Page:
A / A / A

How to improve access to care and aid for people living with a handicap in a humanitarian context?


Benoit Finck, a documentary maker for French television (France 5, Arte, France 3), has been making films for more than 20 years for the communication of MSF.

A screening of the film Agir contre l’exclusion followed by a debate, April 7th, 2022, at MSF and online. The debate was translated simultaneously into sign language and English. The film, shown as a preview, has been cut from the video: it is available in replay on the France 5 website.

Doctor Jean Dragon, who wrote Les silencieux. Chroniques de vingt ans de médecine avec les sourds (2008),The silent. Chronicles of twenty years of humanitarian medicine with the deaf  was the first one to open, in 1995, a reception service in sign language in a hospital in Paris. At that time, in the middle of a HIV pandemic, the health authorities noticed how badly the deaf were isolated. According to Jean Dragon, “deaf people were dying from Aids because they had to call members of their family to translate during consultations. Therefore, they preferred not to see doctors. Or when they saw them and learned their diagnosis, they did not know what Aids was.”https://www.sourds.net/2011/01/10/la-langue-des-signes-veut-entrer-a-lhopital/ The exclusion from medical care because of a handicap is a phenomenon that can also be found in humanitarian assistance programs. This problem is even more worrying when we consider that around 15% of the 80 million refugees in the world suffer from a handicap.https://handicap-international.fr/fr/actualites/camps-de-refugies-n-oublions-pas-les-personnes-handicapees

Louise Limela is the Coordinator and Facilitator of the OCB association network for Médecins sans Frontières in the Democratic Republic of the Congo. In 2020, she tried to understand to what extent the inhabitants of Kinshasa were informed about the Covid-19 pandemic. She noticed that several groups were excluded because of a lack of information: persons with reduced mobility, the visually impaired, the deaf, people with albinism, widows, and orphans. Louise Limela then started to work with local associations of people with disabilities to train “peer educators”: members of these organisations who were able to reach these persons. As a result of the success of this work and in response to the requests of the beneficiaries she extended her training activities to HIV prevention and family planning. Before the end of 2022, MSF WACA (West & Central Africa) will take over this initiative with the purpose of extending it to its programs in Ituri and North Kivu.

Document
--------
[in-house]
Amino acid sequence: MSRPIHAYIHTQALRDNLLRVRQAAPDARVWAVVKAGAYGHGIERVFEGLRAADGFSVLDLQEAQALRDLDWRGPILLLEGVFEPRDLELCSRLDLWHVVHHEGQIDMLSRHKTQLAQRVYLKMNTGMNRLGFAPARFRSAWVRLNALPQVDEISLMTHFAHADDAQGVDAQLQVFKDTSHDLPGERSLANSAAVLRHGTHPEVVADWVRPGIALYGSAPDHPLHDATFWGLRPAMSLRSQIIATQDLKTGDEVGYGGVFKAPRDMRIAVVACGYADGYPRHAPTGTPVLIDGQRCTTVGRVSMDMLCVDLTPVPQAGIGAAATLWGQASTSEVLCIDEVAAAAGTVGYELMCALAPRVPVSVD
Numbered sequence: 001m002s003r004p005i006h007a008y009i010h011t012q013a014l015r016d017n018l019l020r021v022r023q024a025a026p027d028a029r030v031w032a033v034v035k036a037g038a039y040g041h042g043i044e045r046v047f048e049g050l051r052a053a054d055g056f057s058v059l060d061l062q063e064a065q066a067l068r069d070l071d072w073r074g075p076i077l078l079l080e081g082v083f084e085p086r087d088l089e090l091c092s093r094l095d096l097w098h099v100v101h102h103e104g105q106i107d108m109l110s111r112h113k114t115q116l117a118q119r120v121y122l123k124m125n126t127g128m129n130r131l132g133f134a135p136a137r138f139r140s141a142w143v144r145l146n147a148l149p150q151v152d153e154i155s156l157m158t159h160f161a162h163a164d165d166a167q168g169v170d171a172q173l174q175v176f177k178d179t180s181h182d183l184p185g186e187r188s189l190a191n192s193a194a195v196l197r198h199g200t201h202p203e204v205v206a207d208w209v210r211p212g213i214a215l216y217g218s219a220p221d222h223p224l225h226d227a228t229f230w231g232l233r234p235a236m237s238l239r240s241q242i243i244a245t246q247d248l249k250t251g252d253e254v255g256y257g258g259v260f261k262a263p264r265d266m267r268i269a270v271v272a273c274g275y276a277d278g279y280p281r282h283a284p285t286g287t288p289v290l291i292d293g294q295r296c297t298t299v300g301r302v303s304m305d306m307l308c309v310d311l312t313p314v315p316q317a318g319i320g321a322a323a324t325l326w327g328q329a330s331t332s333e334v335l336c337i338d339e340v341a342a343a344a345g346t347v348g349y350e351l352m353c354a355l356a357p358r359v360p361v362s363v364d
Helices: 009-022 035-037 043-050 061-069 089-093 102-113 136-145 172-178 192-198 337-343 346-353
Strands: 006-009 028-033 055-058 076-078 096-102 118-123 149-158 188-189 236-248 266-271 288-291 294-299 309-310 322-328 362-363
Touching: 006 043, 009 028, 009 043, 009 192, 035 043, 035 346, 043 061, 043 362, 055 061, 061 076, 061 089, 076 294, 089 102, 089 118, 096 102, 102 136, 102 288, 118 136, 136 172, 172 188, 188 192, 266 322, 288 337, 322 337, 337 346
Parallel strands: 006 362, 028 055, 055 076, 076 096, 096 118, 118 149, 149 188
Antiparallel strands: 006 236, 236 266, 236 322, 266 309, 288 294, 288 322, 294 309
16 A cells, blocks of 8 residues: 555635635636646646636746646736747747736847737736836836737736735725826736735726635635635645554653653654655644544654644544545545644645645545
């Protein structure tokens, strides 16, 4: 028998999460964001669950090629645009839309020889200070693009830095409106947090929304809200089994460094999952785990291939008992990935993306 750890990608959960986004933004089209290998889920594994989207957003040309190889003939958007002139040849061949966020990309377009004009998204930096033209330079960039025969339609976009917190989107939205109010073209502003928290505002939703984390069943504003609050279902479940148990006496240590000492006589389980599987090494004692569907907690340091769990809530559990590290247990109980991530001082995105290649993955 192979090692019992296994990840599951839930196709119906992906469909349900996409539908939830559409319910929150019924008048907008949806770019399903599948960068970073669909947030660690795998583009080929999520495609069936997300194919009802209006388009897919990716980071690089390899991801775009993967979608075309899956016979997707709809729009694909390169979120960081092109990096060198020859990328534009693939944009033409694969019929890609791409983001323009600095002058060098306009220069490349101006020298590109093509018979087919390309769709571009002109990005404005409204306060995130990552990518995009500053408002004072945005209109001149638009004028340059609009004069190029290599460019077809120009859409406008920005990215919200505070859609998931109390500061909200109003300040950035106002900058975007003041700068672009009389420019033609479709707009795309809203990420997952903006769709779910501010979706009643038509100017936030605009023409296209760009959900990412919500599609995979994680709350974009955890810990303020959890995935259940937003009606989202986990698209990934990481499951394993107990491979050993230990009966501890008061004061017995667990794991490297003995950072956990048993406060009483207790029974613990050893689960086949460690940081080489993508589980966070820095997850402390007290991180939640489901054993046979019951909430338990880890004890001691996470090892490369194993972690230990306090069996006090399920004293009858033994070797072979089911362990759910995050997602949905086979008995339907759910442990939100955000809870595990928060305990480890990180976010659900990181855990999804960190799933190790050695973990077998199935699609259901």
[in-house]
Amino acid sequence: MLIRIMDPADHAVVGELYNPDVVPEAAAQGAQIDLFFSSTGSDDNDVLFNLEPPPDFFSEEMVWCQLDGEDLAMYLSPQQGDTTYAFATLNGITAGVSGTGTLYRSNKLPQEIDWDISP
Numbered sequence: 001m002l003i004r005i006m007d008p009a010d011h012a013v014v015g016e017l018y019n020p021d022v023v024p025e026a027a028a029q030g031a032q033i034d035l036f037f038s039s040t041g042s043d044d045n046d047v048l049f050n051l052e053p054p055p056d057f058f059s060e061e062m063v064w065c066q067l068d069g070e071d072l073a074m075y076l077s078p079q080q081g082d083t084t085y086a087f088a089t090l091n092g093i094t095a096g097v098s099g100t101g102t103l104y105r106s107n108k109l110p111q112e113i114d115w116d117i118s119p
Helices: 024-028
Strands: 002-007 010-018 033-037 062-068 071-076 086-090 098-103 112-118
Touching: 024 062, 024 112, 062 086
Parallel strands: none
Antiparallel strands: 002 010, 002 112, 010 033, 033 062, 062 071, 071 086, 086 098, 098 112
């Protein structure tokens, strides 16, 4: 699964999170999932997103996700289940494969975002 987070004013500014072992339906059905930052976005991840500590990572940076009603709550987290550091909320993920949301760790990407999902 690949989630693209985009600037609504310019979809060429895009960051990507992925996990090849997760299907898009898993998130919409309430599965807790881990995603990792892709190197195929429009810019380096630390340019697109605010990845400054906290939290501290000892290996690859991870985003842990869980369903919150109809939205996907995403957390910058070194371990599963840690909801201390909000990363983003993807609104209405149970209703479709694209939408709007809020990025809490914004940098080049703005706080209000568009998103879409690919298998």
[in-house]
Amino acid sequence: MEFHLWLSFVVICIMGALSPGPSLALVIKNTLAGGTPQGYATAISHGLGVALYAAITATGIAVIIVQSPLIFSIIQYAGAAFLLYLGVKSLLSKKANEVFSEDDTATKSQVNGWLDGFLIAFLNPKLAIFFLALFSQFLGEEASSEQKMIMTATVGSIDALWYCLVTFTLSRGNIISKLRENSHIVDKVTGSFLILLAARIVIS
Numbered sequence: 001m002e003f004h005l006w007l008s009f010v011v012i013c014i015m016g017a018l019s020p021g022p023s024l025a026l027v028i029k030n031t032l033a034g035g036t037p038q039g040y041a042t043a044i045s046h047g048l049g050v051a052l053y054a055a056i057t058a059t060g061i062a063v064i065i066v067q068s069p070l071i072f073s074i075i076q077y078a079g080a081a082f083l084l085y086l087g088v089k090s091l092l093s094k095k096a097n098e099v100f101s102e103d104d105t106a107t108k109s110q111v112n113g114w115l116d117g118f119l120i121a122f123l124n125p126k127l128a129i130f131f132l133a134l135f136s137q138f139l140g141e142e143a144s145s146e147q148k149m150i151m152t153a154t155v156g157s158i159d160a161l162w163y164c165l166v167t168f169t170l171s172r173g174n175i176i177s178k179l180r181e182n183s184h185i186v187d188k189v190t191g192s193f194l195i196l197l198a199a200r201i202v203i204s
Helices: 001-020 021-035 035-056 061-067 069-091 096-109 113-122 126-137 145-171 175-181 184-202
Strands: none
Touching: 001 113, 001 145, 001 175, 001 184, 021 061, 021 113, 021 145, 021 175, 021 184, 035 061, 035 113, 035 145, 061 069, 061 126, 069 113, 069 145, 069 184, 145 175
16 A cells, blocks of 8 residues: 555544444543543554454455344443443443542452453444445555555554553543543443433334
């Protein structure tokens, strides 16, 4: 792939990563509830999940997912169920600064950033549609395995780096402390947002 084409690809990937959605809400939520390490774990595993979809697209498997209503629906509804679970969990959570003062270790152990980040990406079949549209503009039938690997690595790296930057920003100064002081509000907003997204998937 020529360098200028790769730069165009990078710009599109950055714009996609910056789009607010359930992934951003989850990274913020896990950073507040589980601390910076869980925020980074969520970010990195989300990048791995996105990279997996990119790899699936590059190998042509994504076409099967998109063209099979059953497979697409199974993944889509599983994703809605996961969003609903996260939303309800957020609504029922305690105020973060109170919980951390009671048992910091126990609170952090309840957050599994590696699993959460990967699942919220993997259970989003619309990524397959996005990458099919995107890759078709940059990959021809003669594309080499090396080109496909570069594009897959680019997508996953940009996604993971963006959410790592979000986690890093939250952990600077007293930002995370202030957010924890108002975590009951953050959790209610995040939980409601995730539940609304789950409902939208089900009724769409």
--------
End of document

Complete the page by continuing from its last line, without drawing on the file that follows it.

The documentary Agir contre l’exclusion (26 minutes, Point du Jour producer) reports Louise Limela’s work with these groups, with a strong focus on deaf people. It was screened during this CRASH conference and followed by a debate: how to improve access to care and aid for people living with a handicap in a humanitarian context?


  • Benoît Finck, the film director.

Debate, with the participation of:

  • Louise Limela, the Coordinator and Facilitator of the OCB association network in the Democratic Republic of the Congo.
  • Patrice Vastel, Coordinator of the international project on the inclusion of people with disabilities at MSF.
  • Gregory Keane, Psychiatrist and Mental Health Advisor at MSF.
  • Guillaume Le Gallais, director of the I.P.I.D.V. (Initiatives Pour l'Inclusion des Déficients Visuels),Initiatives for the inclusion of the visually impairedformer Operations Director and board member of MSF.

The documentary was broadcast on RTS (April 23th) and France 5 (L'oeil et la main documentary collection, April 25th).

To cite this content :
Benoit Finck, How to improve access to care and aid for people living with a handicap in a humanitarian context?, 7 April 2022, URL : https://msf-crash.org/index.php/en/conferences-debates/how-improve-access-care-and-aid-people-living-handicap-humanitarian-context

If you want to criticize or develop this content, you can find us on twitter or directly on our site.